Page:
William Blake: Poet, Printer, Prophet
William Blake Poet and Painter: An Introduction to the Illuminated Verse
Innocence and Experience: An Introduction to Blake
The writing of books about William Blake has become a major industry, particularly in America. Five—one admittedly a reprint—have appeared recently. One, the admirably edited and annotated Blake bibliography by G. E. Bentley and Martin K. Nurmi, lists 2,197 books and articles. The word deluge used in its blurb to describe the appearance of books on Blake is certainly no exaggeration.
Of the new books two deal primarily with Blake as an illustrator. Sir Geoffrey Keynes’s volume, the plates of which are based on those used in the facsimiles produced by the Trianon Press for the Blake Trustees, provides a remarkably good and remarkably cheap survey of Blake’s finest illuminated books. The sixty plates are not quite up to the standard of those in the facsimiles themselves, but they illustrate the best of Blake’s work in this field and cover his whole career as an illustrator in color from the Songs of Innocence and Experience to Jerusalem. At most one might complain that his early style of coloring is not quite fairly represented, since the plates from the Songs are all taken from a copy, admittedly a superlative one, colored in the last years of his life; and the light and delicate coloring used in copies finished before, say, 1795 can only be seen in the two plates from the Visions of the Daughters of Albion of 1793. As an Introduction Sir Geoffrey has written an admirably clear and concise account of the complicated technical methods used by Blake in the production of these illuminated books.
Mr. Hagstrum’s book is largely a straightforward account of Blake’s evolution as an engraver and as an illustrator, starting from the undeniably correct thesis that in his illuminated books it is essential to study text and illustration together, since the two form an indissoluble whole, so that each can throw light on the other. Mr. Hagstrum does not throw much new light on either, but his book is a sensible summary of what is known about both. He plays the all-too familiar parlor game of tracing the sources on which Blake drew in the visual art of the past and identifies some new ones, but they do not basically alter our view of the problem, since they belong to the categories Blake was already known to have used—medieval art, Dürer, Raphael, Michelangelo, Italian Mannerism, emblem books, and the work of his contemporaries and near-contemporaries.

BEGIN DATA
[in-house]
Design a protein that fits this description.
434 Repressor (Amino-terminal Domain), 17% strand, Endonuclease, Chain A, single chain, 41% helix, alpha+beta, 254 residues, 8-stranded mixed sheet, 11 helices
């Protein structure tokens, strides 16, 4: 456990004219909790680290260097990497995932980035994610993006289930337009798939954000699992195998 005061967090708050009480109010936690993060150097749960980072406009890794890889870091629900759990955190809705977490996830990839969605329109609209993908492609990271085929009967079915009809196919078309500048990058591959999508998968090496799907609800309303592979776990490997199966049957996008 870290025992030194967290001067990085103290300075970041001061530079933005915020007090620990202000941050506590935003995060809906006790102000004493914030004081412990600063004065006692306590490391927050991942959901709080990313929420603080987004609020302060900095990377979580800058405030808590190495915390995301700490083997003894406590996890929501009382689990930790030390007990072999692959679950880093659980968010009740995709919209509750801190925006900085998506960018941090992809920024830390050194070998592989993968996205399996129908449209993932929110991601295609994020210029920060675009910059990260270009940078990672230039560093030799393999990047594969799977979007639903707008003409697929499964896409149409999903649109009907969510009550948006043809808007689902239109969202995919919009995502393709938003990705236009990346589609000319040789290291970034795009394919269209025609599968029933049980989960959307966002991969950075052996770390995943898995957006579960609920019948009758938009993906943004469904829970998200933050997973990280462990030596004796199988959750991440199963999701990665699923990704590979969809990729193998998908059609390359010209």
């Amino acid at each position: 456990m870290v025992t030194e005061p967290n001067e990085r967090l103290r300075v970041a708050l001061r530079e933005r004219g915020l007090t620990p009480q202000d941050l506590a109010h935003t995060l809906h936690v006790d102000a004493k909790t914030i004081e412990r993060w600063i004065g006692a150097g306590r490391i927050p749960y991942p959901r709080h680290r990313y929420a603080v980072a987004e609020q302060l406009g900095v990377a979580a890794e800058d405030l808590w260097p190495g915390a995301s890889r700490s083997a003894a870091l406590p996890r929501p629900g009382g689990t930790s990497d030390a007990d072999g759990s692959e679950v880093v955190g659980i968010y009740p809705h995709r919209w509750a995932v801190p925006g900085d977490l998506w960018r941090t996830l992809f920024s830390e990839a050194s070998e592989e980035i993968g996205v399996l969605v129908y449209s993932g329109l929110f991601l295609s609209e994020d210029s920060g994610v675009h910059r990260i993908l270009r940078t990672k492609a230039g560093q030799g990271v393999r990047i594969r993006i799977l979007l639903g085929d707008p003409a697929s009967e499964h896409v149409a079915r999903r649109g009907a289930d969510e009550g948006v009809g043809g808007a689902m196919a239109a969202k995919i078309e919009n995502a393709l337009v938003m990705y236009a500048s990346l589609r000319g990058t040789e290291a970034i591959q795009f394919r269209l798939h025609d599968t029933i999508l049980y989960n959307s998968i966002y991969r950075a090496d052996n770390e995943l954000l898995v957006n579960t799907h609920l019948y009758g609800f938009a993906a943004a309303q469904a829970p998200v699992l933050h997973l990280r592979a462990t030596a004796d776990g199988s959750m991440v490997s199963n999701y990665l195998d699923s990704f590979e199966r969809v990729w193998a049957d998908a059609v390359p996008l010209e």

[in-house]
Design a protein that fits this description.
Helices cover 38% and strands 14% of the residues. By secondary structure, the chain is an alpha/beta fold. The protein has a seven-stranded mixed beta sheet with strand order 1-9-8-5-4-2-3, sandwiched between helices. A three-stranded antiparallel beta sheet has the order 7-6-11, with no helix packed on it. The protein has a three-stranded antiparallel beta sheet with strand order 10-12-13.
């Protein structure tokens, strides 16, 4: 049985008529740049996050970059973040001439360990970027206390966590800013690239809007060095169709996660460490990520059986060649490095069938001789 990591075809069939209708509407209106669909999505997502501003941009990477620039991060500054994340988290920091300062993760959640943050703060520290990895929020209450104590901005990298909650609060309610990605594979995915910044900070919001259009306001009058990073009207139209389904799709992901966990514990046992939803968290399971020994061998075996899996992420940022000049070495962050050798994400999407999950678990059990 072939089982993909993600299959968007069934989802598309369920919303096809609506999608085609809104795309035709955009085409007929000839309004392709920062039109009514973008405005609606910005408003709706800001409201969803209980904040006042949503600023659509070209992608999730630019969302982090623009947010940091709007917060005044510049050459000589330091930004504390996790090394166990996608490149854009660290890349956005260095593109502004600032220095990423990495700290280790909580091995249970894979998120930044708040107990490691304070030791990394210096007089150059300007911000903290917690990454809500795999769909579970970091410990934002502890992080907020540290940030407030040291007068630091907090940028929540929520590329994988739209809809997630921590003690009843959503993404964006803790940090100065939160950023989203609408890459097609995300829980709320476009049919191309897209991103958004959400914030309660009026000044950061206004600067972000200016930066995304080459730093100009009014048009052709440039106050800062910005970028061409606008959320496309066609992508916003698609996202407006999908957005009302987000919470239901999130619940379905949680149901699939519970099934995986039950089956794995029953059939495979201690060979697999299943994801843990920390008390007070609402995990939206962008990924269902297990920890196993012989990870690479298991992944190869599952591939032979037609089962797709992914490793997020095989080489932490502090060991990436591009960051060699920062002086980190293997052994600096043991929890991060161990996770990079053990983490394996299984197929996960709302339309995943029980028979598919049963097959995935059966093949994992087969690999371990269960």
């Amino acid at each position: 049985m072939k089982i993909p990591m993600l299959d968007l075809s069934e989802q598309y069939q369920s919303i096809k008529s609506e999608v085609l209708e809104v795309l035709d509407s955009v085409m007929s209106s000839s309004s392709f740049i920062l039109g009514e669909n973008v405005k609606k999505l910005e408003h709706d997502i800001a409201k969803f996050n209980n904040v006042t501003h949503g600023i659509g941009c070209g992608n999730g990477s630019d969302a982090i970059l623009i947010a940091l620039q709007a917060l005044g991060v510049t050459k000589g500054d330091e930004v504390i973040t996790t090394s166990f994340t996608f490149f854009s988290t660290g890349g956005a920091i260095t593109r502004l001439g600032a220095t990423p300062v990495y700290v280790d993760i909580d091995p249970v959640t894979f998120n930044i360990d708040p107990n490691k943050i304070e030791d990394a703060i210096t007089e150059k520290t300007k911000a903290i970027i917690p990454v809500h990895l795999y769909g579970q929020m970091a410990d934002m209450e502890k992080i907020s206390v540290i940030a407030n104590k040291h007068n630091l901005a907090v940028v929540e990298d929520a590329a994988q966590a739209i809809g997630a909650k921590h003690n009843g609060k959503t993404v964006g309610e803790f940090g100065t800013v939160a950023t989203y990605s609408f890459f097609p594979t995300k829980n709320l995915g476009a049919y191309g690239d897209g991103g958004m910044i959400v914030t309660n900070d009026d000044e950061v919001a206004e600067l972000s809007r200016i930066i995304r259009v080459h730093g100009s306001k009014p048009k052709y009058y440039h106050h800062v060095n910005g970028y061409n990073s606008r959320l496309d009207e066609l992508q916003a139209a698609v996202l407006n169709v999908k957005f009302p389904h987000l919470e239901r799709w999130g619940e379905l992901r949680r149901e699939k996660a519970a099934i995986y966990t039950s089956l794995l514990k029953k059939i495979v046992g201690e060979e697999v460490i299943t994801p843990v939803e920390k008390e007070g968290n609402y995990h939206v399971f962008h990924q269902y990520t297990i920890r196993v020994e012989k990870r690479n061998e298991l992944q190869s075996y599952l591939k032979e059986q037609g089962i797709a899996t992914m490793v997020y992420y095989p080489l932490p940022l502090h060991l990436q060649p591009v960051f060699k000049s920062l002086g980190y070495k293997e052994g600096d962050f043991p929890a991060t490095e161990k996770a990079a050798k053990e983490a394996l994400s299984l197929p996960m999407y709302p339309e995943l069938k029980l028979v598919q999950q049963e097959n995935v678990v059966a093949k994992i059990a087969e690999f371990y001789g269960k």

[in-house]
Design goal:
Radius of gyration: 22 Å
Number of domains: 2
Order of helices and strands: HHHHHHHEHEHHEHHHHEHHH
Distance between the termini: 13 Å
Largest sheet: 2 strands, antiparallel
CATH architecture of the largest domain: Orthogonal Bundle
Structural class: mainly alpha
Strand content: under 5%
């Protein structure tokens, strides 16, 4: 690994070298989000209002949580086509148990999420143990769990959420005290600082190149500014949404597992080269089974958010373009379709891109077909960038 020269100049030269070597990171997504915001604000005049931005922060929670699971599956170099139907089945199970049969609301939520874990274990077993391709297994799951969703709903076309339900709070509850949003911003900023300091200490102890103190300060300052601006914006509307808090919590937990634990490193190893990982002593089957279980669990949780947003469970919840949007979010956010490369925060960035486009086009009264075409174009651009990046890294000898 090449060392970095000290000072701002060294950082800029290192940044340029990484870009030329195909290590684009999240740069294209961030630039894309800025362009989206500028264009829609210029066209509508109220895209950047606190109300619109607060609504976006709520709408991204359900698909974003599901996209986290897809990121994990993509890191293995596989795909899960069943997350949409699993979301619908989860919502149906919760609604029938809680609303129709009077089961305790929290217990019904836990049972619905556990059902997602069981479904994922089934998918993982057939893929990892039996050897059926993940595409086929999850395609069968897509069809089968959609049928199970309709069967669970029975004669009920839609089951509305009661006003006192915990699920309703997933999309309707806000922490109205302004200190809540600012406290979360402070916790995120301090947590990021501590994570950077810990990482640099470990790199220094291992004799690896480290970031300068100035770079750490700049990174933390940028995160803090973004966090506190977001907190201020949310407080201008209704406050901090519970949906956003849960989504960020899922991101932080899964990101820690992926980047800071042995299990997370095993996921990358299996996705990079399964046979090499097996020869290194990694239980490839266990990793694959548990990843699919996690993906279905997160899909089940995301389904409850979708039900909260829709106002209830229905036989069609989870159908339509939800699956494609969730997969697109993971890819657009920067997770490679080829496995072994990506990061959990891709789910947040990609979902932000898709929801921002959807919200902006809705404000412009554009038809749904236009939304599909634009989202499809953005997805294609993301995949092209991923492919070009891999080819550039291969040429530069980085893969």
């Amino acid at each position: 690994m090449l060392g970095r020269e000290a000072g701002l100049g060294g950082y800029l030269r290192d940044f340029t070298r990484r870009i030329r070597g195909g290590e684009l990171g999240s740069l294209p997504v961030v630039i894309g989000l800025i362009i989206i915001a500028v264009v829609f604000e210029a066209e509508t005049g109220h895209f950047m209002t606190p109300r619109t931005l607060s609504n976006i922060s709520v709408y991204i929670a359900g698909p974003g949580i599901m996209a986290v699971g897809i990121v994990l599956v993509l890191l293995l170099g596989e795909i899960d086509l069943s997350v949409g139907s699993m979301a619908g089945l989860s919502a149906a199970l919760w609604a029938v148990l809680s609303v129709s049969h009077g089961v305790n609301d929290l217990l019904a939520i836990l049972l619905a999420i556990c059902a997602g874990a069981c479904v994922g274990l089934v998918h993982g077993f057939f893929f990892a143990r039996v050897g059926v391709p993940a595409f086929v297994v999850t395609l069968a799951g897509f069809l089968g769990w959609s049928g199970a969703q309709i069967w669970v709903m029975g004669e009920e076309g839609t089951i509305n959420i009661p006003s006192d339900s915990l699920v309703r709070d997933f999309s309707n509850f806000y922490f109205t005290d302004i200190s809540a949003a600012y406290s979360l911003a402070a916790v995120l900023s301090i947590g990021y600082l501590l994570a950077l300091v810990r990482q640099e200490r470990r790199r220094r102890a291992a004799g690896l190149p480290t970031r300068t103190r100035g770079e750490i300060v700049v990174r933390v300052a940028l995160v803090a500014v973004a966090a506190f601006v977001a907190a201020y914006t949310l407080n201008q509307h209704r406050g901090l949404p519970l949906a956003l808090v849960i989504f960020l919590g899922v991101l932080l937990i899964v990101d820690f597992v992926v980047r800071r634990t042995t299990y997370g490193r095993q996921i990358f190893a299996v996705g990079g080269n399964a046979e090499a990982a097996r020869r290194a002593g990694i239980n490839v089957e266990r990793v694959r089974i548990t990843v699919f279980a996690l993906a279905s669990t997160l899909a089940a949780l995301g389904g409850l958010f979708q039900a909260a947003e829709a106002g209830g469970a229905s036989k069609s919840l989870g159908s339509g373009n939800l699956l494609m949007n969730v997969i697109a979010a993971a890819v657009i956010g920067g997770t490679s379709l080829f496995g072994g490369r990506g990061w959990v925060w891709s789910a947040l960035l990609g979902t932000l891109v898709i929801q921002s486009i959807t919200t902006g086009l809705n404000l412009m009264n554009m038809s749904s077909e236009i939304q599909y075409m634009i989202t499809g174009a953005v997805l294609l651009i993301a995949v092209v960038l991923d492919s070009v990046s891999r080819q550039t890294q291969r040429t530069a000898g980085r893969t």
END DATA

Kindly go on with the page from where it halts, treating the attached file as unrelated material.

Blake criticism has gone through a number of phases. After the publication of the Gilchrist biography in 1863 he was studied mainly as an illustrator and as the poet of the Songs, which were taken at their face value as exquisite and simple lyrics. His other works were in general ignored, and his madness was taken for granted. About the end of the century critics began to turn their attention to the prophetic books, which had till then been regarded as the unintelligible wanderings of a remarkable poet who had gone …
Blake’s Experience February 3, 1966